Woody Allen Annie Hall (1977)
‘In the world of Woody Allen fims, Annie Hall features the most convincing delusions about love. Alvy Singer (Woody Allen) and Annie (Diane Keaton) seem to make each other happy for quite some time, until they each become unhappy and merely try to convince the other things are still fine. We are told that Alvy is good for Annie, that she wouldn’t have had the courage to become a singer without his help, that she wouldn’t have learned to stand up for herself without his urging her to go to a therapist. We are shown that Annie is good for Alvy, because he gets to have sex with Diane Keaton, because he has a companion who will go along to anything he finds interesting, because he can say awful things and she will mostly just smile and maybe snap something back that’s not as mean. Wait, this is a romantic comedy? In many ways, Annie Hall is an art film that plays like a crowd pleaser. Allen’s self-deprecating jokes, the public displays of thematic affection (books on death, the doofus in the movie line going on about unity of form and structure, the short statements of intention and summary at the beginning and end), and the all-around likeability of Keaton’s Annie make Allen’s use of long, deep shots, his manipulation of time and space, his breaking of the fourth wall go down easy with people who have barely heard of Bergman or Fellini. I would guess that’s the reason he won the Academy Award, because he snared voters from multiple camps (and because nobody had any idea that Star Wars would become so influential on the rest of film history).’ — Steve Pick, Pop Matters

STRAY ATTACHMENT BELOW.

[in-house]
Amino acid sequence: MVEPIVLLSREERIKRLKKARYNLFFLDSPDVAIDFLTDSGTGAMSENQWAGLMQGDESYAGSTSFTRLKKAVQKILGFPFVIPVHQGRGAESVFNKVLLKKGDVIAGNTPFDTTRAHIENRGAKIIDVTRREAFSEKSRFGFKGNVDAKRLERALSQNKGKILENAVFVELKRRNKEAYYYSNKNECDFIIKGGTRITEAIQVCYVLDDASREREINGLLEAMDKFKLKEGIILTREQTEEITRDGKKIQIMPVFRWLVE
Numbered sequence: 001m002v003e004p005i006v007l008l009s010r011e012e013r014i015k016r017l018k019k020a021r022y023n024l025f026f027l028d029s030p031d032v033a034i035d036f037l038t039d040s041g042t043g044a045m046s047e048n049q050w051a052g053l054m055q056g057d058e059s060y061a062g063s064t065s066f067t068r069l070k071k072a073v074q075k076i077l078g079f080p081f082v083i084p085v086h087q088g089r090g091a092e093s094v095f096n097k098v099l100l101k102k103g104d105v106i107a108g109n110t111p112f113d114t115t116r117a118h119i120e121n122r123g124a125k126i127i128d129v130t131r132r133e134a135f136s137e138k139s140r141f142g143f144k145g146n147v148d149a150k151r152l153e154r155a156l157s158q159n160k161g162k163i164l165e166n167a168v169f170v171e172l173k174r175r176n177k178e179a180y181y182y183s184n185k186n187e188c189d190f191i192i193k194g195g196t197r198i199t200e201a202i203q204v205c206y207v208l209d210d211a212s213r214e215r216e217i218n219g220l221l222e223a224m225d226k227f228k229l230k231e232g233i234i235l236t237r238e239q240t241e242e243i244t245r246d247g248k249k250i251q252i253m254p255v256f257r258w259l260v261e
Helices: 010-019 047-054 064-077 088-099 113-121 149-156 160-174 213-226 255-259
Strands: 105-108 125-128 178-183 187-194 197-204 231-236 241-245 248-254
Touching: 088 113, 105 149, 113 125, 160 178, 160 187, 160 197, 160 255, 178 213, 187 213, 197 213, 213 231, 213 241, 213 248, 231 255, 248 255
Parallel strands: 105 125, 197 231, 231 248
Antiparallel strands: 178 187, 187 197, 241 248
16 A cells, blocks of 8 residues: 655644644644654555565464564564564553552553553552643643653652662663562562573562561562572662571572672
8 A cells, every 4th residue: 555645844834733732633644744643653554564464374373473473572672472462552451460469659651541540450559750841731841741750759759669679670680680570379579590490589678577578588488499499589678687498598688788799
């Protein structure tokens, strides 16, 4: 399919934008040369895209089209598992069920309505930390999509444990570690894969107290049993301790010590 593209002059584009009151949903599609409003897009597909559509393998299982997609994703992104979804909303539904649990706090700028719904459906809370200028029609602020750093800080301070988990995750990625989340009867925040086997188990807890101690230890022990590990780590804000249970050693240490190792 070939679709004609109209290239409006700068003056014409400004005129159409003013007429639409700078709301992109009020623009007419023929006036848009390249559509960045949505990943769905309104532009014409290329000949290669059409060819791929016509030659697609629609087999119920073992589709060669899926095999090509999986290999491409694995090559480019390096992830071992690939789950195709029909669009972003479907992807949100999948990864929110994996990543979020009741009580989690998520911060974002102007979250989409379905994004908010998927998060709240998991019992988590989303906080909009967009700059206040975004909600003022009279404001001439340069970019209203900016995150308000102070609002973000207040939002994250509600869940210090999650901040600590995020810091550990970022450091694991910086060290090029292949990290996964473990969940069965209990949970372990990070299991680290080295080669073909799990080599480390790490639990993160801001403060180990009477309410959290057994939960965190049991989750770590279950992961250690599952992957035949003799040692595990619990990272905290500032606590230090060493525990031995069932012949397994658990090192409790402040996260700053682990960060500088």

Gene Wilder The World’s Greatest Lover (1977)
‘Gene Wilder’s new movie, “The World’s Greatest Lover,” his second venture as star, director and writer, is not very clever at all. Quite the antithesis. Wilder demonstrated more finesse and awareness of how to exploit the strong points in his comic “sherlock Holmes” personality. The prevailing tone of “Lover” is shrill wretched excess, in both slap-stick and sentimental passages. It’s closer to the sort of thing Marty Feldman did in “The Last Remake of Beau Geste” and that one might have expected in Wilder’s first feature, when he was coming straight from a collaboration with Mel Brooks .Wilder stiffs his new movie with smut filched from the Brooks cupboard. He also exercises his tongue, eyes and facial muscles so frenetically that he begins to resemble Feldman.’ — WaPo